There’s an old story about a Georgia farmer, ragged and barefooted, standing on the steps of his tumbledown shack, when a stranger stopped to ask directions. After giving the information, the farmer offered the fellow a cold drink, so he decided to pass the time for a few minutes and ask about his crops.
“How is your cotton coming along?” he asked.
Ain’t got none,” replied the farmer.
“Did you plant any?” asked the stranger.
“Nope,” was the reply, “afraid of boll weevils.”
“Well,” continued the stranger, “how is your corn?”
“Didn’t plant none,” came the answer, “’fraid there weren’t going to be no rain.”
The visitor persevered: “Well, how are your potatoes?”
“Ain’t got none. Scairt – of potato bugs.”
“Really, what did you plant?” pressed the stranger.
“Nothin’,” was the calm reply, “I jest played safe.”
The farmer’s fears kept him from acting. His anxiety about unknown factors produced failure instead of bountiful crops.
Today, many folks are afraid of COVID-19. Even though states are opening up, business are resuming, and churches are beginning to assemble again, surveys indicate there is a great fear among many of returning to our normal, daily activities.
While we don’t advocate a reckless, careless and foolhardy approach to this issue, we can’t stay inside forever. In addition to exercising wisdom, practicing good hygiene, and just using common sense, I recommend you read Philippians 4. It offers help, encouragement and direction.
#1 Why worry when you can pray?
“Do not be anxious about anything, but in everything by prayer and supplication with thanksgiving let your requests be made known to God,” (v. 6).
The word “anxious” means “to be troubled with cares.” Paul is not condemning prudent forethought, or thoughtful planning, but rather needless worry and undue anxiety. There is an old adage that says, “worry is like a rocking chair. It will give you something to do, but won’t get you anywhere!”
Prayer clears the mind. Calms the disquieted spirit. Produces peace. Renews your energy. Entreats divine assistance. And trusts in God’s goodness, grace and guidance.
#2 Focus your mind on virtuous thoughts.
“Finally, brothers, whatever is true, whatever is honorable, whatever is just, whatever is pure, whatever is lovely, whatever is commendable, if there is any excellence, if there is anything worthy of praise, think about these things” (v. 8)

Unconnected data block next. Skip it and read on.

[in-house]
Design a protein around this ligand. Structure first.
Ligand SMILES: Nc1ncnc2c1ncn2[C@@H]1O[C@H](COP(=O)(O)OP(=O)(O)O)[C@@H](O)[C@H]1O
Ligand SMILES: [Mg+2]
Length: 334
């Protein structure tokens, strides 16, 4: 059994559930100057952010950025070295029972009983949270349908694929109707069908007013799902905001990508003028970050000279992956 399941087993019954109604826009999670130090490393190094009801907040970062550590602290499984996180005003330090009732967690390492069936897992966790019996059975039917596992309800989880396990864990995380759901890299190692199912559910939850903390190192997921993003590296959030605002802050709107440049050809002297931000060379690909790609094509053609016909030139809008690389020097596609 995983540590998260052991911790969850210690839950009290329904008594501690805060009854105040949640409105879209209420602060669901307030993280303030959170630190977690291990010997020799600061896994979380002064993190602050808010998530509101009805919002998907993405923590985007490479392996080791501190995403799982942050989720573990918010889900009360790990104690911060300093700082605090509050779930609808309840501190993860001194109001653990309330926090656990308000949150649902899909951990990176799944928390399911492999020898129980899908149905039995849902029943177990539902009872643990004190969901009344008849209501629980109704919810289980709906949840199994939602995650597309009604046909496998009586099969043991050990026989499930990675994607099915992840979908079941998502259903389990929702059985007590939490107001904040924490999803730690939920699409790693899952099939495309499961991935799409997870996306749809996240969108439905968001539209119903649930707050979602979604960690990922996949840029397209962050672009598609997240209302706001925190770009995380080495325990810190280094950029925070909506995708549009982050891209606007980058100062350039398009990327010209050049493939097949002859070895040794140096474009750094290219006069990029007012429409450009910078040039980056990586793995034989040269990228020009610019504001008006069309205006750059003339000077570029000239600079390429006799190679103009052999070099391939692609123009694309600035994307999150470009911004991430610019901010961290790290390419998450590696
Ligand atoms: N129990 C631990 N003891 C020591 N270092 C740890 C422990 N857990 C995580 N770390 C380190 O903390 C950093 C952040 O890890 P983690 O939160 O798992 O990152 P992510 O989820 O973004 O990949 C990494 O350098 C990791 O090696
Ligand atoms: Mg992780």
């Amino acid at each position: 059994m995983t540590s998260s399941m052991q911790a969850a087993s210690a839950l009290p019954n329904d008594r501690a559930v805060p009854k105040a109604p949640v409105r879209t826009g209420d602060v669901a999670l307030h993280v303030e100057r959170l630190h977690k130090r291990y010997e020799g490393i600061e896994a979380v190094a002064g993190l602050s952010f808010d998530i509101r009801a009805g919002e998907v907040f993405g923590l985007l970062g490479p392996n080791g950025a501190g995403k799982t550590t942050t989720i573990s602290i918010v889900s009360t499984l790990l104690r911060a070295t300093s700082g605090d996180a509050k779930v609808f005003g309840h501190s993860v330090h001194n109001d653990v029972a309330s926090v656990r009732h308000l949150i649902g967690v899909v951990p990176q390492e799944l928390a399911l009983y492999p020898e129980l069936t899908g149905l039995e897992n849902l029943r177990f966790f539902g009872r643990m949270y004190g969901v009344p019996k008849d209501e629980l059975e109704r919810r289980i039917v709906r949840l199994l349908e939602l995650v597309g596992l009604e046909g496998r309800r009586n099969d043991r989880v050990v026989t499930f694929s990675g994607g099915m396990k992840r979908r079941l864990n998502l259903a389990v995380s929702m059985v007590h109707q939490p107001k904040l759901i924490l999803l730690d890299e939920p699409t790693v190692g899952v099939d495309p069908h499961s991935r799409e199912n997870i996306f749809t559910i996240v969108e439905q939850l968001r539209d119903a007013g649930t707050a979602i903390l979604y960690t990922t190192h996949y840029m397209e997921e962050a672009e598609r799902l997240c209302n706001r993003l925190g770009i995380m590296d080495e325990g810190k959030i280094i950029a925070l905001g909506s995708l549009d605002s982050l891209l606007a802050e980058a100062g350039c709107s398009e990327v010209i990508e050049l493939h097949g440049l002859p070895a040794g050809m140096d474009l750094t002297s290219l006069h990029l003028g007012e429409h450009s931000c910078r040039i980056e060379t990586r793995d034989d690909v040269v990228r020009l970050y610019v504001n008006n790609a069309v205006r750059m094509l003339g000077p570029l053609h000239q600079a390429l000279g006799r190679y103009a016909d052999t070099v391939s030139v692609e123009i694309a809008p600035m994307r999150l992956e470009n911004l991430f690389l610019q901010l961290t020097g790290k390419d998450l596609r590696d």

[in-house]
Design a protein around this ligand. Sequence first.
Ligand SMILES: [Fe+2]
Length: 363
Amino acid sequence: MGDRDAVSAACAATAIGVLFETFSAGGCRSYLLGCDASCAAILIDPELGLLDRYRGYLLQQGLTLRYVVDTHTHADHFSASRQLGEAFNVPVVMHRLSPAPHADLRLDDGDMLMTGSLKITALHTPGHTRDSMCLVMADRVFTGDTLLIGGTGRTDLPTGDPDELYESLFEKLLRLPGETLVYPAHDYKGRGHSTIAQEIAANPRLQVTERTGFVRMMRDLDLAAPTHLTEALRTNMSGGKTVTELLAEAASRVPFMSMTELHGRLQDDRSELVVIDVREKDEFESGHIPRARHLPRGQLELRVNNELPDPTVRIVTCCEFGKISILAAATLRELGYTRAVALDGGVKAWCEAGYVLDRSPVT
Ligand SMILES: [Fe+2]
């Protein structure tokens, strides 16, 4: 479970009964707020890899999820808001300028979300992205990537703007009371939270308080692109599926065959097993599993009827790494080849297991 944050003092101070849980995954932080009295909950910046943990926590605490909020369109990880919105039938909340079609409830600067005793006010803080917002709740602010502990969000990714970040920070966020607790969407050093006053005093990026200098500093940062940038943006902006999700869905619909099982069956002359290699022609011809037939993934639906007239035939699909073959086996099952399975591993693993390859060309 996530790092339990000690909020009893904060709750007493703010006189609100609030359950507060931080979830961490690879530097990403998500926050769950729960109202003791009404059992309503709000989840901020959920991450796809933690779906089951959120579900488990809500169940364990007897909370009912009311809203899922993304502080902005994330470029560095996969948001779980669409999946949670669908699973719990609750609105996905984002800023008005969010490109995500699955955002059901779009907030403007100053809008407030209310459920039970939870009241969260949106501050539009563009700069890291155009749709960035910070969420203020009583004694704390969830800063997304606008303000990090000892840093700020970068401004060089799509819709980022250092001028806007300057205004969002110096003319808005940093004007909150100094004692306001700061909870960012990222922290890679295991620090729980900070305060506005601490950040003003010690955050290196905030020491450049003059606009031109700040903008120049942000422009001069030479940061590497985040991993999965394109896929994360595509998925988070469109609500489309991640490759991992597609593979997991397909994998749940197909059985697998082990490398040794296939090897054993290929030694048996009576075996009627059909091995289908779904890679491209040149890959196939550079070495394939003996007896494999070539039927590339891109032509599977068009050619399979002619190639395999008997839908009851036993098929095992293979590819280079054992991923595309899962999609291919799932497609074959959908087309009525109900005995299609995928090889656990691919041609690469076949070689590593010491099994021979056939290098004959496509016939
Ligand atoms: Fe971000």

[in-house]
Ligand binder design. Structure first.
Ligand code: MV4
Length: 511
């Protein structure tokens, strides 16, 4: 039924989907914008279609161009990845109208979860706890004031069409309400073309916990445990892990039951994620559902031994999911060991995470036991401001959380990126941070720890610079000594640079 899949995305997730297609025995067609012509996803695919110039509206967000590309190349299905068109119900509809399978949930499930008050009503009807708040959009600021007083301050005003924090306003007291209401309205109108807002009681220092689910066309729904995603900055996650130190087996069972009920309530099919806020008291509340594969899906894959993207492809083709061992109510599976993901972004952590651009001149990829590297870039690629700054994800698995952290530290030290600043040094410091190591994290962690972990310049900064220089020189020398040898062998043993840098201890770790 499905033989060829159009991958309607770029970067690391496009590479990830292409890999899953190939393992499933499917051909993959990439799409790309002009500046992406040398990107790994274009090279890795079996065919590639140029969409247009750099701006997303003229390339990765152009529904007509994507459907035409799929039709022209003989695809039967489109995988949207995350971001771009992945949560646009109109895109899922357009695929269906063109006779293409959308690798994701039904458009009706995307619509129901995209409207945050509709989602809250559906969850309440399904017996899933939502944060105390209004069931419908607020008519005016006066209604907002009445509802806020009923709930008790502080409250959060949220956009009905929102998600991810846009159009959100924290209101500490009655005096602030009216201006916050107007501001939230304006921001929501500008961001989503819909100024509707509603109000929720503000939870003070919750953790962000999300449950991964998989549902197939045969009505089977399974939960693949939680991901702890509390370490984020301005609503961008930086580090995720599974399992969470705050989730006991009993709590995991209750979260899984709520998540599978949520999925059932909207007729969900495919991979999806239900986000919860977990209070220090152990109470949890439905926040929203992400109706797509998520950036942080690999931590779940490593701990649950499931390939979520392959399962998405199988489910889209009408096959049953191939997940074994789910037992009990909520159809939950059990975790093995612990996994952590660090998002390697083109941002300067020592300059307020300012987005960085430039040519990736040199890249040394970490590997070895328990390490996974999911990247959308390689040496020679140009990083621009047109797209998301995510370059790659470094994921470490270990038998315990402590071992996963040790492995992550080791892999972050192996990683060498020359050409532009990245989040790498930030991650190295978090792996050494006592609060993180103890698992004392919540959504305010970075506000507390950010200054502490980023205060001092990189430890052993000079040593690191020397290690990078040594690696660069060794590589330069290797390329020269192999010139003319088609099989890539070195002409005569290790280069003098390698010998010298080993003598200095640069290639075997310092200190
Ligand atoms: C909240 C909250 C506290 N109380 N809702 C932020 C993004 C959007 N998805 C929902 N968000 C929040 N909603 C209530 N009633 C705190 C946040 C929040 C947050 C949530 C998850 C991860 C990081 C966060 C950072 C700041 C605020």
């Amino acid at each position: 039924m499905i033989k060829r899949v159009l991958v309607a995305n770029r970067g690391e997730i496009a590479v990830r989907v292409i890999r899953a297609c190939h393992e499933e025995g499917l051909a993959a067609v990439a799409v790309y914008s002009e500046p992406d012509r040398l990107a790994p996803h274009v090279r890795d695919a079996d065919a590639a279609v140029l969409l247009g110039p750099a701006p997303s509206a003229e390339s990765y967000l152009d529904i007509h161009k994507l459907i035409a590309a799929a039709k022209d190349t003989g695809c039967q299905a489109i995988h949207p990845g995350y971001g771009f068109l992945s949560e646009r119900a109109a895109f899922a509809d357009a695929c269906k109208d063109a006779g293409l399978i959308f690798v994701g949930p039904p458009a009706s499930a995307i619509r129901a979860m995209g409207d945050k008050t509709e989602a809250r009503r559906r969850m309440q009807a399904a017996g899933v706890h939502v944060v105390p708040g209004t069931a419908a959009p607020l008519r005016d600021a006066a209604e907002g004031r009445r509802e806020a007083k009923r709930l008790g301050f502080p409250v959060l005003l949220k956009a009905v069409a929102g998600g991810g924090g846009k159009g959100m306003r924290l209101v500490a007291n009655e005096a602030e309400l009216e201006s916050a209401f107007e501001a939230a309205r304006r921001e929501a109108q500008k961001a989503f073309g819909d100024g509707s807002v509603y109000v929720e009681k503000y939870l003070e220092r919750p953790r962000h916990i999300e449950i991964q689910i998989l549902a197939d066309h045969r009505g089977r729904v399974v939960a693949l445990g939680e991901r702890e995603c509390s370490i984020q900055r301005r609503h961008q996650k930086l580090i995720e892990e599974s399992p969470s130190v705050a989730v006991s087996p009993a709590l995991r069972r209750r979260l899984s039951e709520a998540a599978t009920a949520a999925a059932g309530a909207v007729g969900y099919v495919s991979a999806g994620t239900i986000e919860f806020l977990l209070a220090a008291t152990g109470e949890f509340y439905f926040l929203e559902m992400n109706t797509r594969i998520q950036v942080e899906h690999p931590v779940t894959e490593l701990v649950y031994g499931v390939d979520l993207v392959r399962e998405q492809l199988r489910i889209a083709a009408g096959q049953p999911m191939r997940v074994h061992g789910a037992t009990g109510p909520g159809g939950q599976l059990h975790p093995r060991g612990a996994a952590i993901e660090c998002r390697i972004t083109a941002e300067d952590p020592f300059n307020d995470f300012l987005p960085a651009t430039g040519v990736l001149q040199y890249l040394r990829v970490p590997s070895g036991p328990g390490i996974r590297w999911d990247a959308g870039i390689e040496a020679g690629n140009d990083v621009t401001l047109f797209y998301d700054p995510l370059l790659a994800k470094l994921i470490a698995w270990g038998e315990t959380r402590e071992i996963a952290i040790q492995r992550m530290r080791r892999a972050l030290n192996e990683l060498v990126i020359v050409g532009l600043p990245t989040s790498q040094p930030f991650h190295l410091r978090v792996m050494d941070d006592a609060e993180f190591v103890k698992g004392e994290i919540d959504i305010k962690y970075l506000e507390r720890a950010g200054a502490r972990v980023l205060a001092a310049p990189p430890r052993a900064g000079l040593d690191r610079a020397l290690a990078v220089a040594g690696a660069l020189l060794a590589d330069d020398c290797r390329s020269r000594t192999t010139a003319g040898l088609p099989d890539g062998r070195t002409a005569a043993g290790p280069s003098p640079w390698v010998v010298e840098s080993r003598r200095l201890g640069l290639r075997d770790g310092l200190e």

Too often we engage in thinking that’s the very opposite of this divine injunction. Negative and worrisome thinking leads to fainthearted and fearful feelings and will result in actions and attitudes that are debilitating and destructive.
For further insight into this powerful verse check out this previous post.
#3 Rely on the Lord’s strength
I can do all things through Christ who strengthens me” (v. 13)
Paul had suffered much for Christ. Beatings. Stoning. Imprisonment. Shipwreck. Perilous situations. Misrepresentation. Hunger. Thirst. Weariness. And sleepless nights. Why did he keep going? What was the secret of his contentment? Where did he find help? How did he overcome adversity? Who was his source of strength?
The answer to all of these questions is… CHRIST!
This wonderful text offers us help and hope today. It says you can bear any burden. Cope with any trial. Perform any duty. Overcome any temptation. Deal with any adversity. Contend with any challenge. Conquer any weakness. And subdue Satan’s cunning schemes.
There are many other wonderful words of encouragement in this text. Read it. Meditate on it. And apply it.
“And my God will supply every need of yours according to his riches in glory in Christ Jesus” (Phil 4:19)
–Ken Weliever, The Preacherman